elevateNV
Aug 20 2020 . 4 min read
in-memoriam

In Memoriam

In Memoriam

Charlotte Figi, Dr. Lester Grinspoon and Roger Martin

Charlotte Figi, Dr. Lester Grinspoon and Roger Martin

Charlotte Figi {October 18, 2006 — April 7, 2020}

Although she was only 13 years old when she left this world, Charlotte Figi’s legacy will last forever. The young CBD advocate died in April after suffering a seizure that resulted in cardiac arrest and respiratory failure but not before Charlotte Figi left an indelible mark upon us all.

At only seven years old Figi’s activism gained national attention when she was featured in Dr. Sanjay Gupta’s 2013 documentary “Weed.” Figi garnered Dr. Gupta’s attention for her use of cannabidiol (CBD) to control her seizures that started at three months old because of Dravet syndrome, a catastrophic form of epilepsy. At age five, Charlotte was suffering from hundreds of violent seizures each week. Doctors tried everything from barbiturates to extreme diets to control the disorder. Nothing helped until her mother, Paige Figi, searching for a treatment to alleviate her daughter’s grand mal seizures, found one in a strain of low-THC, high-CBD cannabis. Figi’s parents began giving her CBD oil twice a day. As a result, the girl who once had 300 seizures a week had, on average, fewer than one.

This medical discovery not only began a national conversation about the medical properties of cannabis, but also a movement. Figi’s story and appearance in “Weed” helped change negative perceptions of medical cannabis as well as introduced the world to CBD. In legacy, the cannabis strain that changed Figi’s life, Charlotte’s Web, was named for her.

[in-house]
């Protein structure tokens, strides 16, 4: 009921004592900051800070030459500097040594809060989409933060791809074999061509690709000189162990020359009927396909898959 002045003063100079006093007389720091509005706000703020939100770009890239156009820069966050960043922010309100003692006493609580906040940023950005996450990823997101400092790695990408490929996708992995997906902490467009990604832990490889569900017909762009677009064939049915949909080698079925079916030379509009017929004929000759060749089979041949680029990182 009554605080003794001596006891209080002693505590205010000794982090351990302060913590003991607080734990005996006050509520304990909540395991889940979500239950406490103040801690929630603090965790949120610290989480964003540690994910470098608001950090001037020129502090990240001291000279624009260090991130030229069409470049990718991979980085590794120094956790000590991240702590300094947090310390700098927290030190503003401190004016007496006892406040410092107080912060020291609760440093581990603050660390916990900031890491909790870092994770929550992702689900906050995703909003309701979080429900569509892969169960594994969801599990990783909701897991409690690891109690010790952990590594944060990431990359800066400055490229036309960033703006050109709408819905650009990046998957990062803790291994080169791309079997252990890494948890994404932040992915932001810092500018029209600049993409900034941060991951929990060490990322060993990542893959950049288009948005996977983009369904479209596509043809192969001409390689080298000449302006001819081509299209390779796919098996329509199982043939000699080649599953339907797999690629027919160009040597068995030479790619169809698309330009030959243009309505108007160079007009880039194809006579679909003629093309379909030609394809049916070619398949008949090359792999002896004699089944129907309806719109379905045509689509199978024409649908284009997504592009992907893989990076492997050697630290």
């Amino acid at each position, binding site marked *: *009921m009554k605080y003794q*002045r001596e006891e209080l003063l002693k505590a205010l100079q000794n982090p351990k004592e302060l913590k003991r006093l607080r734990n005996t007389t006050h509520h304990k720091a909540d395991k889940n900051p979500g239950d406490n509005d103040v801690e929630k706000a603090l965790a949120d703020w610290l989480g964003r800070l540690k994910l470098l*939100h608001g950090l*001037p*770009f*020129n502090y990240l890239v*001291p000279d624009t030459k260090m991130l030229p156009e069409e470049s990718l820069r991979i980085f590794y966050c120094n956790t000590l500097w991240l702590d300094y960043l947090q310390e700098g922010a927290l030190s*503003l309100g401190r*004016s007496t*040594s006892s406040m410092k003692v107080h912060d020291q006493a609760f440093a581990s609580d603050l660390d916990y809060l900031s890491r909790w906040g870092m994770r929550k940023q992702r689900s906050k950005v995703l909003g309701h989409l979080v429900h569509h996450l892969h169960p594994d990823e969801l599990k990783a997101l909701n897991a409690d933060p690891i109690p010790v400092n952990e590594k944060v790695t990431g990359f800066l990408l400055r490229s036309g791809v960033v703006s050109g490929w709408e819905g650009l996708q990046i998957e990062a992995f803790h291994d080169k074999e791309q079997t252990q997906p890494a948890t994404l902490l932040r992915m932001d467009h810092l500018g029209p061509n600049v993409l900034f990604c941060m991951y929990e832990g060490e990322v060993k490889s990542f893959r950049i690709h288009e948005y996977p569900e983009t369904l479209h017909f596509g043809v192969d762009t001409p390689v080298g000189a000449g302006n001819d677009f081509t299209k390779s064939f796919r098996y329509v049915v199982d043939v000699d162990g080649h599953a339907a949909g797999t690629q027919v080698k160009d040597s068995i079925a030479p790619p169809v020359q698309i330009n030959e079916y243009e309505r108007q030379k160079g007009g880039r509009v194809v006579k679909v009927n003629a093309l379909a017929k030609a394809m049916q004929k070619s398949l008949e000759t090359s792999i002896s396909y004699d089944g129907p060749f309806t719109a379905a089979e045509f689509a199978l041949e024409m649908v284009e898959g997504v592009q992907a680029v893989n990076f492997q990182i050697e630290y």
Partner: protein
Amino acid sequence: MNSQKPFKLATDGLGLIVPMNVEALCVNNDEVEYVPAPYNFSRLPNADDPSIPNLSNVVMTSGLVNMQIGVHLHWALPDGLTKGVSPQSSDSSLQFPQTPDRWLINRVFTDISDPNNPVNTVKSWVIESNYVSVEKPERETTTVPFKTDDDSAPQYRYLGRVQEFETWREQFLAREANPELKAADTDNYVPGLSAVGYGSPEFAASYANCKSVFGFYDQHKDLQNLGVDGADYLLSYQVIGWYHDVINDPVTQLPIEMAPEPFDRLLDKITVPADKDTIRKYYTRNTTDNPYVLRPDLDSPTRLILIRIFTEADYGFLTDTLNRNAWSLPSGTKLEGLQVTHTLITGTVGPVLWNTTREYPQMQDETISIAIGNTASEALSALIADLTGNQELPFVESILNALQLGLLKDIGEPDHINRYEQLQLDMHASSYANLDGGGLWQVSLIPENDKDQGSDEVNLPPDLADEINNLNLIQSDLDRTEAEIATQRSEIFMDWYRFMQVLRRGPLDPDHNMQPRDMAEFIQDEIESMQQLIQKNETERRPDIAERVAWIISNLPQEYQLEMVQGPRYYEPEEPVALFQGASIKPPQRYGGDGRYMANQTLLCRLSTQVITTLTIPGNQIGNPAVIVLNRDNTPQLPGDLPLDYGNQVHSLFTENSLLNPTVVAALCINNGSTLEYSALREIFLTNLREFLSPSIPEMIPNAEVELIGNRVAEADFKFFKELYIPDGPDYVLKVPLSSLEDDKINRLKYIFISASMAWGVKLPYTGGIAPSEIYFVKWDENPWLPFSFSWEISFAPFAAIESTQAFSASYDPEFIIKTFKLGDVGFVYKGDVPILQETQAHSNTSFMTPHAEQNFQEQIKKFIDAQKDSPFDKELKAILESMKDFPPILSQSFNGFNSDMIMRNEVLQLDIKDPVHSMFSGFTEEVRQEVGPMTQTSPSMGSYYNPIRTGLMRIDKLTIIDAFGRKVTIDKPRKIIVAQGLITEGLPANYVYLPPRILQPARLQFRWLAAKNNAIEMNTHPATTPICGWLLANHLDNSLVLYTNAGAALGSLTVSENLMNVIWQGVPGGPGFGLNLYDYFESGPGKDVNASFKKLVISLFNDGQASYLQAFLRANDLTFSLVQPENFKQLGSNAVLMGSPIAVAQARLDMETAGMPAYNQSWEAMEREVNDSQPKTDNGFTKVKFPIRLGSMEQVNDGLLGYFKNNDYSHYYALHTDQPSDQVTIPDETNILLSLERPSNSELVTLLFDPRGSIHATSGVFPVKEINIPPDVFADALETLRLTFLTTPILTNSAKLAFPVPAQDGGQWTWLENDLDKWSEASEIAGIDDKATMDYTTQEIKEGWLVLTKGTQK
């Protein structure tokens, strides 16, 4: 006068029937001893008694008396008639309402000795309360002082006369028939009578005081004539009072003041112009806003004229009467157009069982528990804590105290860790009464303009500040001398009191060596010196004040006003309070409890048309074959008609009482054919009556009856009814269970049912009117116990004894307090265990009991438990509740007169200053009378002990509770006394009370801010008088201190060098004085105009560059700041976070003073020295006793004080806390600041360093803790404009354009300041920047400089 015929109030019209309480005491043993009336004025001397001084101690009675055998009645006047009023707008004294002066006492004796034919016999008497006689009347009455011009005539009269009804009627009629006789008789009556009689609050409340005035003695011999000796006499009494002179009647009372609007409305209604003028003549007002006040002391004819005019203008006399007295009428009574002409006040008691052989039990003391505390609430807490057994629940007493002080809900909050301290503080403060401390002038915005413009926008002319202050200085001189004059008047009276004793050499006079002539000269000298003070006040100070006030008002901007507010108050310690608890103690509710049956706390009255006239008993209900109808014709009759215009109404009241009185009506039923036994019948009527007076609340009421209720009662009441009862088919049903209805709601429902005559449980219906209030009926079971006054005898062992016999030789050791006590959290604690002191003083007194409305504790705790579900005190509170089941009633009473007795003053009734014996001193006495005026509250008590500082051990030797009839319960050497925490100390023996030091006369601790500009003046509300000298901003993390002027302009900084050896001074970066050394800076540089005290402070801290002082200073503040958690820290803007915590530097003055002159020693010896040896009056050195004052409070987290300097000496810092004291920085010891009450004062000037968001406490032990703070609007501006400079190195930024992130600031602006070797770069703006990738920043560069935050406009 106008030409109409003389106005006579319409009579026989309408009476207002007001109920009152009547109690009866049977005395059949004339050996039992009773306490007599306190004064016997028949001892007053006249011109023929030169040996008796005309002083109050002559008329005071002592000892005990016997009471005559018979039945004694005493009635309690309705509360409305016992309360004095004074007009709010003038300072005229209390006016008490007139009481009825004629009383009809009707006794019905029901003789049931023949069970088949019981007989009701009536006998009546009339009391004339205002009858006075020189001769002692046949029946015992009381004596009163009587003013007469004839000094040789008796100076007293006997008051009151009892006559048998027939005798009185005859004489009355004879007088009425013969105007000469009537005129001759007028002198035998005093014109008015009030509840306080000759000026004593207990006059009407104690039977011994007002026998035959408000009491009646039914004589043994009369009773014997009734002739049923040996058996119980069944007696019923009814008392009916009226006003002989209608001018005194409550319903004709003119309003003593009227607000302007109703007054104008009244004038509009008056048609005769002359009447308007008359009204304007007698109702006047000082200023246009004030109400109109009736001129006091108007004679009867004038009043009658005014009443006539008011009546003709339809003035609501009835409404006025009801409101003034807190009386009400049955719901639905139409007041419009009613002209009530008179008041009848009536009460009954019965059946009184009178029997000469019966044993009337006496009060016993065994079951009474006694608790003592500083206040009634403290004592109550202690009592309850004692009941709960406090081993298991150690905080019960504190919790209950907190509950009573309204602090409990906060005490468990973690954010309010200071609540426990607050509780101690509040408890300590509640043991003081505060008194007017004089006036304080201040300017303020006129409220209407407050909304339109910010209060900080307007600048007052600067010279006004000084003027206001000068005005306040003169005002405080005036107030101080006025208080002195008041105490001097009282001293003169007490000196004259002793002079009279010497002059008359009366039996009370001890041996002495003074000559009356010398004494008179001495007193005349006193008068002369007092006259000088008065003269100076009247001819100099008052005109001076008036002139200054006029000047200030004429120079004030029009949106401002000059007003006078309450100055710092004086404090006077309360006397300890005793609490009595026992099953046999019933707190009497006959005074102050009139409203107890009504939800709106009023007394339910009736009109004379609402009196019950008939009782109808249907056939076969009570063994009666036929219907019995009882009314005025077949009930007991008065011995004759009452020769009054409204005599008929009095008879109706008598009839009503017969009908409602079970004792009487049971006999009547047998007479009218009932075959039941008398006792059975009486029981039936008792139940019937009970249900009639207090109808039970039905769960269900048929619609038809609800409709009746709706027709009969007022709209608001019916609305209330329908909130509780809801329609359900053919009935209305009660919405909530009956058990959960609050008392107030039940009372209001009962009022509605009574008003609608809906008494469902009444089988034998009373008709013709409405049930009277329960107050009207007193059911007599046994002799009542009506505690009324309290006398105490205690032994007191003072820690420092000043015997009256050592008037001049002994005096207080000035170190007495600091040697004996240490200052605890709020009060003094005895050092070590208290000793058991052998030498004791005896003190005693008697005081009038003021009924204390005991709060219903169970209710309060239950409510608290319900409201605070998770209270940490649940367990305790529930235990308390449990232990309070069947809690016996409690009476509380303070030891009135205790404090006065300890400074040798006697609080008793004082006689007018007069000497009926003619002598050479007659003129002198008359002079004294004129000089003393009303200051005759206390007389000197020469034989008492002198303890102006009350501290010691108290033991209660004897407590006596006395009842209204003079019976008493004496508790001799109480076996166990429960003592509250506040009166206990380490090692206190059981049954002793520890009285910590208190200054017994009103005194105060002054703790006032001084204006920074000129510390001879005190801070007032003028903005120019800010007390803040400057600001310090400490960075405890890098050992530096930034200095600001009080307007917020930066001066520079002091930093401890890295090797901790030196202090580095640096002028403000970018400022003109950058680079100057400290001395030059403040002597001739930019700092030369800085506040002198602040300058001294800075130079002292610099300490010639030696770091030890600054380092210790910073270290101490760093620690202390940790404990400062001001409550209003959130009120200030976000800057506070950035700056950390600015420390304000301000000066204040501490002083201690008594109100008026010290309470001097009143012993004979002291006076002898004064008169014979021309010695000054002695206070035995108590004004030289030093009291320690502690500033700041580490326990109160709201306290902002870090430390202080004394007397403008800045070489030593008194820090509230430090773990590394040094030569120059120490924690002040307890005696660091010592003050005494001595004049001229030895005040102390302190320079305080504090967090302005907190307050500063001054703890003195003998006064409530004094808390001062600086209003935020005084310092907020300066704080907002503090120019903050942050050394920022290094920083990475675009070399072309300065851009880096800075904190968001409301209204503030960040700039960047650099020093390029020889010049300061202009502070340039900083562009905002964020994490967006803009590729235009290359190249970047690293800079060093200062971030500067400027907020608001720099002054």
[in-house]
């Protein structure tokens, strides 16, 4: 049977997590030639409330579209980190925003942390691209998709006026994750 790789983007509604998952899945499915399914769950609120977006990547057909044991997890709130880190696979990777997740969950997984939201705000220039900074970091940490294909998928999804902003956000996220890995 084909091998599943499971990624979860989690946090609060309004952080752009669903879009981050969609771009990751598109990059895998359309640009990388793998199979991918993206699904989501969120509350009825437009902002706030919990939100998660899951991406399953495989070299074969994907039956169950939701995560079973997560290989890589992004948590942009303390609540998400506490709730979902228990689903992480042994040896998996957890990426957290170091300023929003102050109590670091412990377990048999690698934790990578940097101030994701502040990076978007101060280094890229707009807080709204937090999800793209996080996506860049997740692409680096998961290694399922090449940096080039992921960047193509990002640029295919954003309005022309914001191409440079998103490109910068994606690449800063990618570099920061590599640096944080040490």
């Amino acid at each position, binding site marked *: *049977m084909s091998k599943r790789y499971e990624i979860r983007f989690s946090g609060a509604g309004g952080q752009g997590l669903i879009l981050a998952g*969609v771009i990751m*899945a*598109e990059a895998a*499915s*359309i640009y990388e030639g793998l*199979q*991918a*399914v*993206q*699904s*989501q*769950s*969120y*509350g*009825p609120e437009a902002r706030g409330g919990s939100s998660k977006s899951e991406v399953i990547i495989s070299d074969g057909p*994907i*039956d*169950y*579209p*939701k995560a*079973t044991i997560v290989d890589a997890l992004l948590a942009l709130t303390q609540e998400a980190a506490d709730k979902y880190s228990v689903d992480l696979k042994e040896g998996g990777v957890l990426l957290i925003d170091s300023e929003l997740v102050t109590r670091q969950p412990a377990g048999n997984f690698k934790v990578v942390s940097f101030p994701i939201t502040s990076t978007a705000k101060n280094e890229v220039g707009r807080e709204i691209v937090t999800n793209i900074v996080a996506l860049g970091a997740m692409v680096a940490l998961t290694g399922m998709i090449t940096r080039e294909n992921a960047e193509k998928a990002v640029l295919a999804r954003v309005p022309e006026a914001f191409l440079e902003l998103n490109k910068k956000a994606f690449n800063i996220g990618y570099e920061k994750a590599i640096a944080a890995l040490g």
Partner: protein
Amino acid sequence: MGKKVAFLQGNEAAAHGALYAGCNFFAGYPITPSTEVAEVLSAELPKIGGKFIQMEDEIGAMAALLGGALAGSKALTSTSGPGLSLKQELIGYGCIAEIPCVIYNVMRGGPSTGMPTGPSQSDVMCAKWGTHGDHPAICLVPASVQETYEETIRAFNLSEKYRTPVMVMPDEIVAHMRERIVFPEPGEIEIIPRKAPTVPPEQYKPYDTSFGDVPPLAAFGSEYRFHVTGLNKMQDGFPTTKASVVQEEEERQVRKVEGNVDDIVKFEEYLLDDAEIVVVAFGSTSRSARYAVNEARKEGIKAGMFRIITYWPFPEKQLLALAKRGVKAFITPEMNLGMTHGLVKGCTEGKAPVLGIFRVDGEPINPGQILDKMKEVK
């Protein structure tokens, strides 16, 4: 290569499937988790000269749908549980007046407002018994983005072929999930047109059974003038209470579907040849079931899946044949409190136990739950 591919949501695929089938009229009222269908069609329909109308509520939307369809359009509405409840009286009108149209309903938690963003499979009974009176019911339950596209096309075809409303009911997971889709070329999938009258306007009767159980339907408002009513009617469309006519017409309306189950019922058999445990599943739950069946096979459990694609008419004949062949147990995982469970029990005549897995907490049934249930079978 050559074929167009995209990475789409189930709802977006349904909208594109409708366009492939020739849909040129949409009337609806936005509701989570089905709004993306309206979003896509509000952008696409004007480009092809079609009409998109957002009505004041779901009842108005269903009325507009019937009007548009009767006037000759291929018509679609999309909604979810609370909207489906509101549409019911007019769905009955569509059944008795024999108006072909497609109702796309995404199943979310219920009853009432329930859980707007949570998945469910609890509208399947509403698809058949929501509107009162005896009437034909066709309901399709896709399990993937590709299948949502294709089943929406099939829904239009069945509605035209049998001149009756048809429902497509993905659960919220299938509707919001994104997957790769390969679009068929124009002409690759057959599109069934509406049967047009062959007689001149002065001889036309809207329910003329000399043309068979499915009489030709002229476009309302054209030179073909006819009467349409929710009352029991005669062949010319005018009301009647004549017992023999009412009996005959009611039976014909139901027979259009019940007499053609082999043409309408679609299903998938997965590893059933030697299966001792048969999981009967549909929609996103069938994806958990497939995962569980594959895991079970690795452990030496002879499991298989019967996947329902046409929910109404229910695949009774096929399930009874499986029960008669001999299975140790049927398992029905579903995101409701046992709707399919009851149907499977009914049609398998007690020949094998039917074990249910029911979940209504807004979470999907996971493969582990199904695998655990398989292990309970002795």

Roger Martin {June 21, 1952 — June 19, 2020}

Roger Martin, founder of non-profit organizations HeroGrown Foundation and Save a Million Vets, died in June after a short battle with advanced liver cancer. A veteran of the U.S. Army and former law enforcement officer, Martin left behind a legacy of raising awareness, advocacy, and assisting veterans in using cannabis as a safe alternative to opiates.

After cannabis saved Martin from a life of pharmaceutical dependence, he started a mission to educate as many veterans as he could about using cannabis as a safer alternative to opioid dependency with his founding of HeroGrown Foundation. Martin started growing cannabis at his home in Woodland Park, Colorado to give away medicine in the form of oil to veterans. Troubled by encounters with fellow veterans suffering from post-traumatic stress, depression, chronic pain, and other serious medical conditions, Martin worked tirelessly to save his fellow veterans from the “combat cocktails” that once ruled his life.

His mission grew quickly, and he started reaching out to sponsors for help to keep supplying cannabis to veterans who could not afford medical marijuana and CBD products. Many companies stepped up to his call and supported Martin’s mission of supplying over 3 million dollars of donated product to veterans. As his mission evolved, Martin started non-profit Save a Million Vets with a goal to save over one million veterans at risk of dying from opiate overdose. Martin’s efforts to save the lives of America’s bravest will be the legacy he leaves in his wake.

Lester Grinspoon {June 24, 1928 — June 25, 2020}

Cannabis advocate, author, and Harvard Medical School psychiatrist Dr. Lester Grinspoon died in June at 92 years old. He was an American psychiatrist best known for his long tenure as an associate professor of psychiatry at Harvard Medical School as well as for authoring books “Marihuana Reconsidered” (1971) and “Marihuana, The Forbidden Medicine” (1993), considered groundbreaking at the time of their publication.

When Grinspoon began studying marijuana in 1967, his intention was to “define scientifically the nature and degree of those dangers” but as he reviewed the existing literature on the subject Grinspoon reached the conclusion he and the general public had been misinformed and misled. He became convinced cannabis was much less harmful than he had believed and “Marihuana Reconsidered” reflected that change in view. 


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